Giz Explains: How the Bill and Melinda Gates Foundation Will Save the World

Bill Gates is officially "transitioning" from Microsoft this week, but really, he checked out a long time ago. His Big Hairy Vision isn't just modernizing the world anymore-it's saving it. The Bill & Melinda Gates Foundation is the world's largest charitable foundation, with a current asset trust endowment of $37.3 billion. Last year, it gave away $2 billion. Its work is divided into three major programs: Global Development, Global Health and United States. It's not your average charity though-and not just because two of its three trustees, Bill and Warren (no last names needed) constantly jockey for the title of world's richest man. It's the smartest. And that's why it just might succeed.

Let's start with the goals of each program. The Global Health program is, no surprise, all about fighting disease, in two ways. One, making vaccines and medicine more readily available. Two, good ol' R&D to develop new vaccines—vaccine development and access takes up half of the Global Health program's money—plus treatments and other higher-tech solutions, the stuff that actually gets Bill excited now.

Global Development has three prongs, with the overarching mission of attacking poverty and hunger: Providing financial aid, spreading internet access as wide as possible, and helping small farmers with crop production and getting food to market.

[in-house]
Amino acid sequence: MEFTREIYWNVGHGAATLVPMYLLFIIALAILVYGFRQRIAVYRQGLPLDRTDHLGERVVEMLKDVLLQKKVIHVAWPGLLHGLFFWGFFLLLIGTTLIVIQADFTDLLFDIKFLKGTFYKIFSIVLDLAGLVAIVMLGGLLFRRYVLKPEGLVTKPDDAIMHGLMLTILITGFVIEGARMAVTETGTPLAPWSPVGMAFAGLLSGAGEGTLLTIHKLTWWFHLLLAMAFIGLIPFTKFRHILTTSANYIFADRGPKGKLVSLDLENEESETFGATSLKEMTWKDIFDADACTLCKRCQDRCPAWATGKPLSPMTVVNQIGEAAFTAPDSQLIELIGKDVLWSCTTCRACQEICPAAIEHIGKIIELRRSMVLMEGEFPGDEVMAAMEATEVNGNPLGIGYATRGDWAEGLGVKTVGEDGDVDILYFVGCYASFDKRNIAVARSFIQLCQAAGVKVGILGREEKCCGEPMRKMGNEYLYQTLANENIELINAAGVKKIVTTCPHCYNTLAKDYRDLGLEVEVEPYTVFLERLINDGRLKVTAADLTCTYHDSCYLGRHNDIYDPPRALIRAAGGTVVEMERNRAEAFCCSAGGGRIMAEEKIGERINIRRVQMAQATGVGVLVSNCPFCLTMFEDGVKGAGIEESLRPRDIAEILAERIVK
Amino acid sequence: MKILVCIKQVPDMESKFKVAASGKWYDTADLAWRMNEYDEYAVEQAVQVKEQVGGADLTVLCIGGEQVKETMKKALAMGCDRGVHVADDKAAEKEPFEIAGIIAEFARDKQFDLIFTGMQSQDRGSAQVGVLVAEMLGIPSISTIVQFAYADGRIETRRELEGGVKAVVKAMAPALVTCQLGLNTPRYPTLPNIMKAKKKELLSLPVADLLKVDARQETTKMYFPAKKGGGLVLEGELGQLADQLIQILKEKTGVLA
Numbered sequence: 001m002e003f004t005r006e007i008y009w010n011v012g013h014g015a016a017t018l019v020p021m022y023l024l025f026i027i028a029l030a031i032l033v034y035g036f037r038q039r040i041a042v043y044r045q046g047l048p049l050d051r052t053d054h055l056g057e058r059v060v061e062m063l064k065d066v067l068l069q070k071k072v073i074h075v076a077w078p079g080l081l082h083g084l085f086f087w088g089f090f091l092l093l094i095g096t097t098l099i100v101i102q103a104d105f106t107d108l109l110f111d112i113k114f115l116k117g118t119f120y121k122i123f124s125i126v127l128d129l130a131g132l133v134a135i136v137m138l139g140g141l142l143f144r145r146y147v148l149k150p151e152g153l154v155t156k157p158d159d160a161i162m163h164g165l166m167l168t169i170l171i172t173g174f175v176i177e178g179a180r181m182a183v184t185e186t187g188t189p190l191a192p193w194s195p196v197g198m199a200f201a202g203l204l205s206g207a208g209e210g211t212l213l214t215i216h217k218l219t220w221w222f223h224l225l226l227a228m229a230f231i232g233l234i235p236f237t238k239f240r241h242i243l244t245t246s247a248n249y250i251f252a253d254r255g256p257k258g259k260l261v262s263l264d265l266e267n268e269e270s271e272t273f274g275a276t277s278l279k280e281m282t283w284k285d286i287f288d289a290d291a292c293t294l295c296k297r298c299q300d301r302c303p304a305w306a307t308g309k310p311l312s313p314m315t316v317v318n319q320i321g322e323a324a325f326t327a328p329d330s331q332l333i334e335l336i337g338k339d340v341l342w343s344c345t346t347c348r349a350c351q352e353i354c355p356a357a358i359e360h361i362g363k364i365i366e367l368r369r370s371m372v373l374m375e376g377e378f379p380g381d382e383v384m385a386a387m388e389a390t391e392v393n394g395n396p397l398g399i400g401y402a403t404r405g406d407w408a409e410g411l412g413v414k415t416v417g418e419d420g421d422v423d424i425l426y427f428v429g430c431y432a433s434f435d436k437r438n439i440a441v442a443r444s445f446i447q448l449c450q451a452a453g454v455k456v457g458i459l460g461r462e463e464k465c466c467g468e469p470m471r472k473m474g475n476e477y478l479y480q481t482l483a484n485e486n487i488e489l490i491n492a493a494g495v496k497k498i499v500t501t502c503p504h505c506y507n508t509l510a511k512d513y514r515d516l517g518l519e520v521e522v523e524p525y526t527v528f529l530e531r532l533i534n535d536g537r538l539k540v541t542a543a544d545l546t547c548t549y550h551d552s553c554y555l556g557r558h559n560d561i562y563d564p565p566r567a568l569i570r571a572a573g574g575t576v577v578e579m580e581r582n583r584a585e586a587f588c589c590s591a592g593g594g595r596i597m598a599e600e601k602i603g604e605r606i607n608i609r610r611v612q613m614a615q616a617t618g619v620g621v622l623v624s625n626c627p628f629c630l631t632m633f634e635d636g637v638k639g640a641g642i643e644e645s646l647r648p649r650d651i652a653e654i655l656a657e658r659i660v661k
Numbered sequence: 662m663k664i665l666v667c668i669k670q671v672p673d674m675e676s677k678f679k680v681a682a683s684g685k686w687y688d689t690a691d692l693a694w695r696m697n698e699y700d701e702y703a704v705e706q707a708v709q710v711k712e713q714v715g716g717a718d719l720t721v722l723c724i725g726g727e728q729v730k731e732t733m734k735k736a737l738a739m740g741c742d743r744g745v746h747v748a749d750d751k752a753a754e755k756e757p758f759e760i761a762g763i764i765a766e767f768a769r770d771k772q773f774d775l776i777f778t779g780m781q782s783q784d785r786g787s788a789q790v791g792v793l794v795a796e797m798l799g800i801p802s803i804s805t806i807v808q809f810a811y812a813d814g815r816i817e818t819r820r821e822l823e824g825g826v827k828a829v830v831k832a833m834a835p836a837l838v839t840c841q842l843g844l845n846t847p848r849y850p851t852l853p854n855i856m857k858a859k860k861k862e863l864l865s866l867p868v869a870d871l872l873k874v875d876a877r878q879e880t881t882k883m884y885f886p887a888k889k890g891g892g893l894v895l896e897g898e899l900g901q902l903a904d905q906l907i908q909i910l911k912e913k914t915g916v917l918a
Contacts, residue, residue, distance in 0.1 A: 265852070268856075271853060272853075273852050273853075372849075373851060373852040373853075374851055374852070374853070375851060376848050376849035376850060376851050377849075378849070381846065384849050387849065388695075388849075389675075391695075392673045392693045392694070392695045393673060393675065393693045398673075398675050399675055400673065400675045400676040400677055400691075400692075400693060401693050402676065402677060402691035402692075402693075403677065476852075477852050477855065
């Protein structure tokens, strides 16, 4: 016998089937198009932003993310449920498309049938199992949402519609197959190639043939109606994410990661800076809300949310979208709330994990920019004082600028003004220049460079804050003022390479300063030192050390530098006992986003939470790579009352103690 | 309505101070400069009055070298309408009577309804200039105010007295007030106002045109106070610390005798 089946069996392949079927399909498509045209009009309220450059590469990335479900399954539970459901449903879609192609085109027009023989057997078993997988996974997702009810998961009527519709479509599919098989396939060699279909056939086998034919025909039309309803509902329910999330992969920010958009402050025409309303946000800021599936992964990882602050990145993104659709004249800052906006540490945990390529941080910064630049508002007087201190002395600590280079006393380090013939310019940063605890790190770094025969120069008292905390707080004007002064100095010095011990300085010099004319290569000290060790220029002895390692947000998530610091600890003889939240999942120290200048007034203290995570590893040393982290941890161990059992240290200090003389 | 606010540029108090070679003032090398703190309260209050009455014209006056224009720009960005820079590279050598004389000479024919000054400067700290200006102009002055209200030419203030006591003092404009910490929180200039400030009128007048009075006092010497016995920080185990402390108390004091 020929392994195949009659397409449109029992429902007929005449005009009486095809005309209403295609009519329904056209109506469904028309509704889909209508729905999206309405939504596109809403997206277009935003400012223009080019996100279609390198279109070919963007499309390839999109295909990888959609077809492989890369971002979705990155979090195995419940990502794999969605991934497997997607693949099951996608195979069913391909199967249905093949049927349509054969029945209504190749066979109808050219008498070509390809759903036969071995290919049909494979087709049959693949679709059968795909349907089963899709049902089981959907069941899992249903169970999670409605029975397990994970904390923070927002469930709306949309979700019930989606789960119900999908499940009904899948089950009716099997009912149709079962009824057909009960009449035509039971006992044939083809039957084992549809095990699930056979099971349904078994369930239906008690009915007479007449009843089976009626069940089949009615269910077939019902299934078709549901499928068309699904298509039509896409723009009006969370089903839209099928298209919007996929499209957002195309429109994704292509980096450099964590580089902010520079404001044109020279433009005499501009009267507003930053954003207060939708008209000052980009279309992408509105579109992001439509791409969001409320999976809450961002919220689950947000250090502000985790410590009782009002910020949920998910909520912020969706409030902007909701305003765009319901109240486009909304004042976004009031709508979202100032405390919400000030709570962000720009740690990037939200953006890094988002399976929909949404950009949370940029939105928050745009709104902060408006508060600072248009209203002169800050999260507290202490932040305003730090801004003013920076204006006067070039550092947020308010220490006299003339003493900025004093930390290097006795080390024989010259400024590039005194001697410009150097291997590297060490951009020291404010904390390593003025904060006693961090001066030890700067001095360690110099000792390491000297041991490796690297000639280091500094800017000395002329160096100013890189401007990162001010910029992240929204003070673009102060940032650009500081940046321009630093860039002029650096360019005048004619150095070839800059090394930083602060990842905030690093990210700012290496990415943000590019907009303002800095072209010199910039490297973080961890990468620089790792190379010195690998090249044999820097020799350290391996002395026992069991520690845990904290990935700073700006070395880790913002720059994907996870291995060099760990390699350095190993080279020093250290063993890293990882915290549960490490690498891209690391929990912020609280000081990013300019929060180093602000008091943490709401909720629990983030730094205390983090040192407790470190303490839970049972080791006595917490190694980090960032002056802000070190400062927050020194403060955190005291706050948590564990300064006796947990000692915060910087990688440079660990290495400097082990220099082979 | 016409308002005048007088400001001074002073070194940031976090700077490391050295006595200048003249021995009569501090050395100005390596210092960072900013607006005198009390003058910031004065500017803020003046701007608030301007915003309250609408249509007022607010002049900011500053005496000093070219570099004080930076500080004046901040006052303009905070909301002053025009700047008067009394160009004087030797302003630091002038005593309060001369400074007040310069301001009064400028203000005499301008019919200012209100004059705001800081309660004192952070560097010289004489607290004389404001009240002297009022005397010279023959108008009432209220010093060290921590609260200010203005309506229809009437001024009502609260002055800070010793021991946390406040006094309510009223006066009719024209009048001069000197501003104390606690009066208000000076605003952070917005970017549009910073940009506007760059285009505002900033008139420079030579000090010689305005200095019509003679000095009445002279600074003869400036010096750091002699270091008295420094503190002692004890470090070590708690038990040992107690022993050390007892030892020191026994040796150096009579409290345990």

The U.S. program is all about education, like its $1.37 billion grant to the United Negro College Fund via the Gates Millennium Scholars Program.

The foundation's goals don't sound so much different from anyone else's-they're big, lofty and impossible. What's so brilliant? They're not charging at the world's problems scattering its massive war chest around willy-nilly. They invest in solutions. Take access to clean water (or the lack thereof). The Seattle PI notes in a piece today that the foundation has spent years looking at the problem, but has yet to pump money into a major water project, because simply building pipes won't really crack at the root problem. Sylvia Mathews Burwell, director of the Global Development Program, says in the article that "what we look for is the project has to be scalable, sustainable and catalytic." (Its hardcore focus on vaccines makes total sense from this angle.)

In other words, it plants tons of little techno-seeds and showers them with love and money until they grow to be totally independent and self-sustaining, and doesn't waste its largesse on stuff that's a temporary fix. To keep up the plant metaphor, rather than hoping to grow a single, giant tree of awesome that stretches over all the problems they're trying to fix, they're planting a ton of little, carefully planned and managed trees to make a, um, forest of awesome. It's an approach borrowed from drug companies, which invest in lotsa different drugs simultaneously, not just one miracle drug at a time.

Not that they're cheap-in his person of the year story, Time says that the Gates spent 2005 "giving more money away faster than anyone ever has," It's just that every penny of it is invested with the same sharpness Bill applied to Microsoft in its golden days, so each one works as hard as possible, like the $1.5 billion grant for the Global Alliance for Vaccines and Immunization.

Above and beyond all of that, Bill's philanthropy is nudging other people to chip in. Most famously, Warren Buffet is giving most of his fortune to the Foundation because he believes in its goals and smart, practicable approach to charity. As long as Bill's got the passion-like he did for Microsoft in his past life-then yeah, he just might save the world.